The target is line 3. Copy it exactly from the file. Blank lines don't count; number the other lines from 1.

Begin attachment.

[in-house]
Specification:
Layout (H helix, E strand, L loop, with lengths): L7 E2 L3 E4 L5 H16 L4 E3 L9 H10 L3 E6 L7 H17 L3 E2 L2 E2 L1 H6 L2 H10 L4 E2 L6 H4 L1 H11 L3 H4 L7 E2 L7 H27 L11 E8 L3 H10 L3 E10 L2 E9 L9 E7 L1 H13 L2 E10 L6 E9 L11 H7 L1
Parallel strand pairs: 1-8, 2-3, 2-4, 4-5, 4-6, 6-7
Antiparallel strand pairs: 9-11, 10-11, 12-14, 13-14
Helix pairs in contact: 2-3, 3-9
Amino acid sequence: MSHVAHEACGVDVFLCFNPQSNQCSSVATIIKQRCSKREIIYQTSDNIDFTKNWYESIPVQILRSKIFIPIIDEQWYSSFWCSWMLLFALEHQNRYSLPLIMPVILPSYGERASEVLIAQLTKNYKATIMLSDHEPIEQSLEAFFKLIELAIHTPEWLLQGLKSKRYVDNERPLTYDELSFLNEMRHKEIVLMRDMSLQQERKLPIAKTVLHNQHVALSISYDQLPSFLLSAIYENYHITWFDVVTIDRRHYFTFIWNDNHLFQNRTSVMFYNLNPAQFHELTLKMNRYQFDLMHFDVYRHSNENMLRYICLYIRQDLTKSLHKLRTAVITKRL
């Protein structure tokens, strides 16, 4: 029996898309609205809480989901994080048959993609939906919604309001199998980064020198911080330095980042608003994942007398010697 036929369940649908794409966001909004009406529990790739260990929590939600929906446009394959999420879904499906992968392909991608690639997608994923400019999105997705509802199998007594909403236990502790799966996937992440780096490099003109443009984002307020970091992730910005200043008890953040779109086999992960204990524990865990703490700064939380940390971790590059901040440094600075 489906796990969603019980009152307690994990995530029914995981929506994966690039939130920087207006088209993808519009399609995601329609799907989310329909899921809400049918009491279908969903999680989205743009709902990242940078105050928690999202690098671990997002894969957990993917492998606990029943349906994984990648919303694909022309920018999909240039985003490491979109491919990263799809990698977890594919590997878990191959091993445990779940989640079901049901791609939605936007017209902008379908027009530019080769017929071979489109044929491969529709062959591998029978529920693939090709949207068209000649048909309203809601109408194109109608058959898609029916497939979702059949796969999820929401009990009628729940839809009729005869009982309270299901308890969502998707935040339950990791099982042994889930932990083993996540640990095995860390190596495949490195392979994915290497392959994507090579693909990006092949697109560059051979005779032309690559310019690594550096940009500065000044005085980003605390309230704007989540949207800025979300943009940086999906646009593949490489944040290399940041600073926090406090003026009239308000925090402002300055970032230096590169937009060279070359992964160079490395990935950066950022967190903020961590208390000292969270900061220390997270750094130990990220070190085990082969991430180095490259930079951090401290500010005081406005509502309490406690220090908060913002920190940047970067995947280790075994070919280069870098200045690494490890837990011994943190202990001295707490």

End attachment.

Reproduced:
Layout (H helix, E strand, L loop, with lengths): L7 E2 L3 E4 L5 H16 L4 E3 L9 H10 L3 E6 L7 H17 L3 E2 L2 E2 L1 H6 L2 H10 L4 E2 L6 H4 L1 H11 L3 H4 L7 E2 L7 H27 L11 E8 L3 H10 L3 E10 L2 E9 L9 E7 L1 H13 L2 E10 L6 E9 L11 H7 L1